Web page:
By Brian Lee
BU News Service
In the final play of Super Bowl LII, Patriots quarterback Tom Brady evaded the Eagles’ pass rush, shifted to his right and heaved a desperation Hail Mary from his own 43-yard line.
Tight end Rob Gronkowski was waiting in the end zone, cloaked by seven Eagles defenders.
After a few floating seconds, the ball was promptly batted to the ground, and with it, the Patriots’ hopes of winning a third Super Bowl in four years.
The final score: Eagles 41, Patriots 33.
What would have been the franchise’s sixth Super Bowl victory in eight appearances since the Tom Brady-Bill Belichick era began in 2000 ended in disappointment.
Instead, it was the Eagles – and their backup-turned-starting quarterback Nick Foles – celebrating their first championship since 1960, six years before the Super Bowl’s inception.
Yet in both Foles and the flurry of green and white confetti that rained down at U.S. Bank Stadium were shades of a familiar story, one the Patriots should recognize well.
Foles’ rise to Super Bowl Most Valuable Player was remarkable and improbable.
He was selected by the Eagles in the third round of the 2012 draft and spent his first three years in the league with the team, which included a Pro-Bowl season in 2013.
In 2015, he was traded to St. Louis. He was released a year later and spent the 2016 season as a backup for the Kansas City Chiefs, appearing in only three games.
Last offseason, he re-signed with Philadelphia.
For most of the year, Foles was second on the Eagles’ quarterback depth chart behind incumbent starter Carson Wentz, the No. 2 pick in the 2016 draft.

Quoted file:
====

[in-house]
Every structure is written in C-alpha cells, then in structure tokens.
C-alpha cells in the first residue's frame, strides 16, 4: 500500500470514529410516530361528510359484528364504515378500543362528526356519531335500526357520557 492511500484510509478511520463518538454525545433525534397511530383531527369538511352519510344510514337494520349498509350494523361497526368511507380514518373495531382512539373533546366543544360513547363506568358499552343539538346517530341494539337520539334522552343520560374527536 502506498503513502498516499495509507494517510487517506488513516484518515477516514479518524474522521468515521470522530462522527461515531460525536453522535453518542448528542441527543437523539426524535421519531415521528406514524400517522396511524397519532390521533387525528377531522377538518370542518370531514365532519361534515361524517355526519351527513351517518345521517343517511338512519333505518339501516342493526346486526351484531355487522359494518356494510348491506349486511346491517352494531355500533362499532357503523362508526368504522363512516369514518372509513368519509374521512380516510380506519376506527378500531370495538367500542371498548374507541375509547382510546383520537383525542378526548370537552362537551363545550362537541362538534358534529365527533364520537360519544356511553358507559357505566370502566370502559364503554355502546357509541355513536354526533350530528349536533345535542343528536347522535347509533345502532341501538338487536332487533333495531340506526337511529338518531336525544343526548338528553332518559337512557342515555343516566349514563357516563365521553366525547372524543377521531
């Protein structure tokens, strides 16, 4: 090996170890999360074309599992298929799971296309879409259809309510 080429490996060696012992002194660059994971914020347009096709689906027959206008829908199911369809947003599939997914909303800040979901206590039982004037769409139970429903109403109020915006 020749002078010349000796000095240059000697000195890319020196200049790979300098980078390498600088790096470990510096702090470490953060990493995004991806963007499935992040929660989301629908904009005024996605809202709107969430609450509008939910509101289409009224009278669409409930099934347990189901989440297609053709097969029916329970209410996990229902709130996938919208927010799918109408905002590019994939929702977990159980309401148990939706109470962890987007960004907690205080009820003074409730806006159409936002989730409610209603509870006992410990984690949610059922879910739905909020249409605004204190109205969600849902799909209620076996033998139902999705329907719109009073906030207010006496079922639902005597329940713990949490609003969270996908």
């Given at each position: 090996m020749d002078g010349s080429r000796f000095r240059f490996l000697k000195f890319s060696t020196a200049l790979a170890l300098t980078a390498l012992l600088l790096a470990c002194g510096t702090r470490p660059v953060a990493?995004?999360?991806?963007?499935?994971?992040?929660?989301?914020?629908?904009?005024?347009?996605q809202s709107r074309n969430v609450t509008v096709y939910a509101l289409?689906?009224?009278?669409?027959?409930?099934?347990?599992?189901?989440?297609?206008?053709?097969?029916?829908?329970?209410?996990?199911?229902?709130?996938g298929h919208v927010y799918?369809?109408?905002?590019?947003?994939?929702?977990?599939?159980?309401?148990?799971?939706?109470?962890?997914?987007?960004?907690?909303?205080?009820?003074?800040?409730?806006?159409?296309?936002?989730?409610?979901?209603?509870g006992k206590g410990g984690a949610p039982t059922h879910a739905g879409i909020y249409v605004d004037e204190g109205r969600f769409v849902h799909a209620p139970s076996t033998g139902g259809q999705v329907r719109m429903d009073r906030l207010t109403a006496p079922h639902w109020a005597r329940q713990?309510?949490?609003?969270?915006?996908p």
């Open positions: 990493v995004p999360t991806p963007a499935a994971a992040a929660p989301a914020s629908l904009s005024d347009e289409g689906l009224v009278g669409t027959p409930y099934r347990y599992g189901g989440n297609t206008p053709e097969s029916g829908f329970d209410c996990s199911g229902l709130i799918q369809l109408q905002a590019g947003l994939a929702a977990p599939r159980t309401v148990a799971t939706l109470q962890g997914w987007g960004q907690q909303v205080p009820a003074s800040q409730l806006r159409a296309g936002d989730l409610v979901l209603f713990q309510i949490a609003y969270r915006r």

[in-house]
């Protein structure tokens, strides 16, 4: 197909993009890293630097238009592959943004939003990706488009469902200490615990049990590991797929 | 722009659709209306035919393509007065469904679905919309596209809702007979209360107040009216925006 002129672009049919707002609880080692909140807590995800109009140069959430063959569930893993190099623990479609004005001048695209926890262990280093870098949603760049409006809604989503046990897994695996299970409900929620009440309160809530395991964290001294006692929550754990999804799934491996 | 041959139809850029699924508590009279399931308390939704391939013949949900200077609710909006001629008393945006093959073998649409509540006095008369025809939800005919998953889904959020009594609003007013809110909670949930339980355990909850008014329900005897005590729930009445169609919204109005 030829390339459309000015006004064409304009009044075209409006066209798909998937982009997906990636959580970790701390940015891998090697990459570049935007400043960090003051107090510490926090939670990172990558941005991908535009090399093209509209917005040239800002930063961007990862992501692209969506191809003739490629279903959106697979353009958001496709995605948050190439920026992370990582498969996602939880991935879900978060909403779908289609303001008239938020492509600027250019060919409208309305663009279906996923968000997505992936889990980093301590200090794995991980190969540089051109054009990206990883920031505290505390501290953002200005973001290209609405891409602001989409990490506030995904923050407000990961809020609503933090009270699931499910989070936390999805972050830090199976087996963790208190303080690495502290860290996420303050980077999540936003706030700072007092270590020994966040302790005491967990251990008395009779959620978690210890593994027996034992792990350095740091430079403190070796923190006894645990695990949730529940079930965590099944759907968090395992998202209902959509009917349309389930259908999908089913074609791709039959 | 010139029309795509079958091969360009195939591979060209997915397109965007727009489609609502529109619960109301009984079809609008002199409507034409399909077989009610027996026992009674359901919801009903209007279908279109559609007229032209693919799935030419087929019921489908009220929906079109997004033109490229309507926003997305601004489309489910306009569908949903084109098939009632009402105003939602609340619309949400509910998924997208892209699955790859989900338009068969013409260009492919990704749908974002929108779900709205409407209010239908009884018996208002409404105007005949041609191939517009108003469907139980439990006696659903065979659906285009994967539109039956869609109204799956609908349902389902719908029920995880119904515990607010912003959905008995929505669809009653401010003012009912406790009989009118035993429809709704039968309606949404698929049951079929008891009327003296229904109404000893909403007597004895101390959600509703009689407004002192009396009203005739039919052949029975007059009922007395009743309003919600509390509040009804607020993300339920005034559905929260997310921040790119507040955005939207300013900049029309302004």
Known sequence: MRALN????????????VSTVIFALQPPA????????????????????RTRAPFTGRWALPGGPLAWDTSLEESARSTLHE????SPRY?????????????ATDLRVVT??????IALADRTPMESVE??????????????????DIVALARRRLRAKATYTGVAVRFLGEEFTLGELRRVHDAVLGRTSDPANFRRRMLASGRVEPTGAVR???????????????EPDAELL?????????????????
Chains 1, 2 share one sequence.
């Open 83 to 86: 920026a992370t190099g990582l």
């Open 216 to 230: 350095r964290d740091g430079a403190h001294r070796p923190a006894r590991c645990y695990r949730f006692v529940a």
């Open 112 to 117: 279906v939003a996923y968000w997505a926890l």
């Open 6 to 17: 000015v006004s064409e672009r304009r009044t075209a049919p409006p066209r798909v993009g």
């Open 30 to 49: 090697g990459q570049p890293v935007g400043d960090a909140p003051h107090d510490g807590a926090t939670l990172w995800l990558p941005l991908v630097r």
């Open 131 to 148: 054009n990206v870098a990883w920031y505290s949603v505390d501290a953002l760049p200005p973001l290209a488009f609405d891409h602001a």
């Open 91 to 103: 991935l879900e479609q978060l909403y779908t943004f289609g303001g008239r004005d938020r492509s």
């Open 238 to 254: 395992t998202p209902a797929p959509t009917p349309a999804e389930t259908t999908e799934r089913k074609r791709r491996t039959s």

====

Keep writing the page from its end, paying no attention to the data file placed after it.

But late in the season, he was thrust into the starting job. Wentz suffered a torn ACL in his left knee against the Los Angeles Rams in Week 14 and was ruled out for the year.
Under Foles, the Eagles finished the season 4-1, then beat the Falcons and the Vikings in the playoffs to advance to the Super Bowl.
And on the game’s biggest stage, he outshined the game’s greatest quarterback.
With the Eagles down by one with under 10 minutes left, Foles led a 14-play, 75-yard drive that took more than seven minutes and resulted in the game-clinching touchdown. It was the highlight of a night in which he completed 28 of 43 passes for 373 yards and three touchdowns.
He even scored a touchdown pass from tight end Trey Burton late in the second quarter, becoming the first quarterback ever to catch a touchdown in the Super Bowl.
His performance was reminiscent of one 16 years ago, when a then-24-year-old Tom Brady led the Patriots to their first title against the Rams in Super Bowl XXXVI.
Like Foles, Brady began that season as the backup, only receiving playing time after a serious injury to starter Drew Bledsoe.
He took his team into the Super Bowl as a major underdog against championship-tested quarterback Kurt Warner.
He led them on a game-winning drive. In the end, he was clutching the trophy as a newly-minted, unlikely MVP.
For his part, Brady was outstanding on Sunday, throwing for 505 yards on 28 of 48 attempts and three touchdowns. But it wasn’t enough.
While this loss will sting, the 40-year-old has given no indication that this season was his last.
The Patriots have already opened as the favorites to win Super Bowl LIII next season.
And so it goes.